LGBTQ+ Intent vs impact in schools

EMILY (she/her): Creating the Anti-Racism Impact Vs. Intent deck together helped to organize our thoughts on common mistakes that White educators (like myself) make when attempting to be inclusive and equitable, but then how we miss the mark because we are centering ourselves rather than POC.

In my practice as an LGBTQ+ consultant for international schools (and as a cis, pan person), I found myself looking for something similar to illustrate the concepts I work on with schools and, when I couldn’t find it, I naturally thought: let’s call Daniel and we’ll make one.

DANIEL (he/him): So glad you did. Being cishet and an LGBTQ+ ally, but currently doing more work in the area of Anti-Racism, I’ve greatly benefited from your expertise and experience as we’ve crafted this deck– and found some blindspots in my own mindsets, attitudes, language, and actions. This work has also helped me look at the environments and structures I inhabit through the same lens and critically analyze how aligned intention and impact are in these spaces.

So what patterns have you noticed in common, perhaps well-intentioned, LGBTQ+ allyship that indicate the need for deeper understanding of actual impact on LGBTQ+ individuals?

EMILY: I’ve run into a lot of folks who mistakenly believe that their internal acceptance of LGBTQ+ people is sufficient for inclusion. Kids can’t read teachers’ minds, however, so a classroom without LGBTQ+ representation looks uninviting, regardless of the teacher’s internal feelings.

Lots of educators will say that all students are safe and welcome in school, but when learning spaces ignore or erase LGBTQ+ people, it doesn’t feel safe and welcome. We need to actively and deliberately include LGBTQ+ students in order to cultivate equitable schools. Staying silent maintains the status quo of LGBTQ+ exclusion.

DANIEL: And that’s where Intent vs. Impact comes in! While educators might have supportive intentions, we need to take a deeper look at how our environments, practices, perceptions, language, policies, and decisions actually impact LGBTQ+ community members. It’s more than just believing in something– it’s about making sure that truly inclusive, equitable, and empowering outcomes really happen.

In creating this deck with you, I noticed that there are many common practices, phrases, and mindsets that (perhaps unintentionally) signal to LGBTQ+ individuals that their identities are invalid and unwelcome. How can these kinds of damaging signals affect LGBTQ+ youth, their identity development, and their lives?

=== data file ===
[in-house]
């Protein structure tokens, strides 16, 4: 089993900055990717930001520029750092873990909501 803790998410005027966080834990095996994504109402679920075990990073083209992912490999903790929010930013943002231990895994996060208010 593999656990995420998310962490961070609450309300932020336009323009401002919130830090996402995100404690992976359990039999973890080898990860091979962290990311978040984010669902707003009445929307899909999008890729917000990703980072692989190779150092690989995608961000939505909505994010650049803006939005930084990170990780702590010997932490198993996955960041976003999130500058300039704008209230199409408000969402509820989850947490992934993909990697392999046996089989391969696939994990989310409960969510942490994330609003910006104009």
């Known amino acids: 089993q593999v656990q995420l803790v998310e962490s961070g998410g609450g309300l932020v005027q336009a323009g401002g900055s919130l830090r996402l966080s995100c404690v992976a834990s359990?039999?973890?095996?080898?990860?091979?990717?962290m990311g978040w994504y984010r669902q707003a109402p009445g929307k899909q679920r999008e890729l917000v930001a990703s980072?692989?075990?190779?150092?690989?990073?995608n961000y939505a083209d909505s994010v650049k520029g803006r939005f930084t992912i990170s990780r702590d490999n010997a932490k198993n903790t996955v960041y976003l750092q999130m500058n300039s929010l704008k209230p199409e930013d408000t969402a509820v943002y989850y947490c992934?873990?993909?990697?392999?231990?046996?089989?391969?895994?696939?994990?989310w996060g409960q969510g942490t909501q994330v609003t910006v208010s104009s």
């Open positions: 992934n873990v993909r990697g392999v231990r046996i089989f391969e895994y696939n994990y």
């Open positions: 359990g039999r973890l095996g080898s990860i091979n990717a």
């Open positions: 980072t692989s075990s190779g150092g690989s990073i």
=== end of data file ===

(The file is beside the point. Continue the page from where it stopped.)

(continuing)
EMILY: The research on this is really clear: LGBTQ+ children who grow up in contexts that provide support for their identity development, that nurture their healthy growth, and that affirm their sense of self are far more likely to thrive than LGBTQ+ children who do not see themselves reflected in a positive way[1][2][3]. Unfortunately, LGBTQ+ youth are at much higher risk than their cishet peers for a number of mental health issues and negative outcomes, such as suicidality, depression, anxiety, substance use, disordered eating, and declining school performance[4][5]. The good news is that these health disparities can be positively impacted by adjusting the context around the child, such as by cultivating safe, welcoming, and loving homes, communities, peer groups, and schools[6][7][8]. This cultivation must be deliberate and visible, however – the impact matters more than the intent.

DANIEL: I believe that this kind of deliberate self-analysis comes through in the LGBTQ+ Intent vs. Impact deck we’ve created, which outlines common well-intentioned actions or mindsets that actually have a negative impact on LGBTQ+ individuals.

Our hope is that fellow educators use these infographics– not as a checklist– but as an opportunity for brave, meaningful, and sustained self-reflection and ongoing growth. All of us, especially cishet allies like myself, should be constantly working to understand the depth and nuance within LGBTQ+ identities, shining light on our own blind spots, modifying our language and practices, and pushing for more inclusive and supportive policies– all of which will have a long-term positive impact on our LGBTQ+ community members.

The LGBTQ+ Intent Vs. Impact infographic introduces the concept, and the rest of the deck with specific examples will be rolled out on Twitter and in our online gallery.

Follow us on Twitter:
@DanielWickner                                                       @EmilyMeadowsOrg